Donate Blood

The need for blood affects us all. Nine out of every 10 people will need a blood transfusion at some point in their life. A constant supply of blood is necessary for the life-saving treatments needed by many patients here at the University of Chicago Medicine.  Every two seconds someone in the U.S. needs blood. Our employees are helping out and we're hoping you will, too.

For those who are able, donating blood is a simple, meaningful way to give back and to help support our patients.  For information or to schedule an appointment contact Donor Services at 773-702-6247 or

Blood Donation: How Can I Help? (PDF)

As a small token of appreciation, we invite our donors to choose a food court coupon, an AMC movie ticket or free parking validation.

Be a hero - Donate blood to our blood bank today and save three lives!

Directed Donor Program

At the University of Chicago Medicine Blood Donation Center, you can even donate specifically to a family member or friend. Just provide the recipient's name, and our staff will coordinate the delivery of your blood donation to that individual.


Monday through Friday 
7:30 a.m. to 5 p.m.

The Blood Donation Center is closed on Saturdays and Sundays.


Duchossois Center for Advanced Medicine 
5758 S. Maryland Avenue, Room 2E 
Chicago, IL 60637 



Donating blood will take about 35 minutes.

Donating platelets will take about 2 hours.

Red blood cells (RBCs) contain iron and therefore blood donation removes some iron from your body. All blood donors, even platelet and plasma donors, lose some RBCs (and iron) with their donations.

Your body needs iron to make new RBCs and to perform other metabolic tasks. Iron comes from either preexisting iron stores in your body or iron in the food you eat. Many menstruating women may not have enough iron stored in their body to make RBCs to replace their donation. Men have more iron stores; however, with frequent donation, iron stores in men can also become depleted.

Not directly. Donor Services tests your hemoglobin, a measure of your RBC level, but not your iron stores. You may have enough hemoglobin to donate blood even though your body’s iron stores are low.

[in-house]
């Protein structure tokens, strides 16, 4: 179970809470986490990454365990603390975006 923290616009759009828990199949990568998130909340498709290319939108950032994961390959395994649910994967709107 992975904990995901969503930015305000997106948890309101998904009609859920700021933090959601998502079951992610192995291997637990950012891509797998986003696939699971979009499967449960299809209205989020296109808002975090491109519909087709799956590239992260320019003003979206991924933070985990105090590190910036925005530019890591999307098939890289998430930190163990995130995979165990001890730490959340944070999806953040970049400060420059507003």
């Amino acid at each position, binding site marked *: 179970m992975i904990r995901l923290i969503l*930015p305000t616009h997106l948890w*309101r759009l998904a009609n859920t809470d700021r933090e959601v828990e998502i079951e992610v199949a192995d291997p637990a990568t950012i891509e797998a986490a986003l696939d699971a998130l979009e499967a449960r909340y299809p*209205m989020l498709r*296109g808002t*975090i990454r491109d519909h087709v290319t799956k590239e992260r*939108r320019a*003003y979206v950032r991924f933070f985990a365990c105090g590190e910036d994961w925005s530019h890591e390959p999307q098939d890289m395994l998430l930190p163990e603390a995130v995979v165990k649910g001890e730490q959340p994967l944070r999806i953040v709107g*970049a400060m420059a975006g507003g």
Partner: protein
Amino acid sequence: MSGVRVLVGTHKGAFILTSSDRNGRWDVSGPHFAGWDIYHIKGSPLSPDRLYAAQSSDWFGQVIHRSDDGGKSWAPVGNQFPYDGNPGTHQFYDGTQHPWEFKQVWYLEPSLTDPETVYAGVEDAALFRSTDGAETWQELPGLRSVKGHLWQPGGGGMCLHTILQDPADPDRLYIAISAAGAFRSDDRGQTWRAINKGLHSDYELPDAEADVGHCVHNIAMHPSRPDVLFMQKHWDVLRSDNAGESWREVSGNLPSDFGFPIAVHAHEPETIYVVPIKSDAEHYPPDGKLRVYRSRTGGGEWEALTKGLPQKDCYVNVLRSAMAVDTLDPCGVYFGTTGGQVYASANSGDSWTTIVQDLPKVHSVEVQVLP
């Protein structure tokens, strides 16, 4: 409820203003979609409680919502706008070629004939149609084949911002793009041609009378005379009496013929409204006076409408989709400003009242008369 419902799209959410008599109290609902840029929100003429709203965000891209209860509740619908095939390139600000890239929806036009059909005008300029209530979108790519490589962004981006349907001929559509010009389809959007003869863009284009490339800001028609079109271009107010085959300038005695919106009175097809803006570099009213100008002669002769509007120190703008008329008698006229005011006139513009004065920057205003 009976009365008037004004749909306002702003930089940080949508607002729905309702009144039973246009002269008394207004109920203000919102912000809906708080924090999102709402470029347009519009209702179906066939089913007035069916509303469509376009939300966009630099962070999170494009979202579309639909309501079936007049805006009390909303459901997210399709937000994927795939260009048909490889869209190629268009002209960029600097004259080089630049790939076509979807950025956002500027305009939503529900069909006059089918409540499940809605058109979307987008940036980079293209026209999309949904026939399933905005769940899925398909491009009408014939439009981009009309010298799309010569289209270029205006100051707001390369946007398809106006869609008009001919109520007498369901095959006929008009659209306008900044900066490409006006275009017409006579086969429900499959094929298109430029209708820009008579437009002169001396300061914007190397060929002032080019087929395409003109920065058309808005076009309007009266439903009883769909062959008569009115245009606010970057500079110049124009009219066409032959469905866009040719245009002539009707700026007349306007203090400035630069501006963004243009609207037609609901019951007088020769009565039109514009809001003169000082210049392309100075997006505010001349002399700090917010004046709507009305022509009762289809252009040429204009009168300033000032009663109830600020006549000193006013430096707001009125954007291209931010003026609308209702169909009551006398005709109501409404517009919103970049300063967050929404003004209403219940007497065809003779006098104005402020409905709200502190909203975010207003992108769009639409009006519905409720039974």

Low iron stores are common, particularly in women of childbearing age.

As iron stores become depleted, the body loses the ability to produce enough new RBCs, and anemia results. While anemia interferes with blood donation, it can also cause health problems such as fatigue and decreased exercise capacity.

Eating a well-balanced, iron-rich diet is helpful. The recommended daily allowance (RDA) for iron varies by gender, but is at least 8mg for all adults.

Some Foods High in Iron

  • Beans
  • Broccoli
  • Brussel Sprouts
  • Dried Fruits
  • Leafy Green Vegetables
  • Molasses
  • Nuts
  • Peas
  • Prunes and Prune Juice
  • Poultry
  • Red Meat
  • Shellfish & Fish
  • Strawberries
  • Sweet Potatoes
  • Tomatoes and Tomato Juice

If diet alone does not replace all the iron lost from blood donation, taking iron supplements may help. There are many different types of iron supplements. The University of Chicago Medicine Blood Donor Services does not provide prescriptions for over-the-counter iron products. Please ask your doctor if you have any questions about your underlying health conditions and starting iron supplements. Your doctor or pharmacist may be able to assist you in deciding what dose, type, and duration of iron supplement to choose. Donors who take one multivitamin with iron (typically 18 mg elemental iron) each day for 3 months, or one iron caplet (commonly 325 mg tablets of ferrous sulfate which provide about 65 mg of elemental iron) each day for 7-8 weeks, can replace the amount of iron lost in one unit of donated RBCs. DO NOT TAKE MORE THAN THE RECOMMENDED DOSAGE OF IRON BECAUSE HIGHER DOSES CAN BE HARMFUL. Iron-containing supplements should be properly stored to prevent accidental ingestion by babies and children.If your child swallows an iron pill, contact a poison control center right away.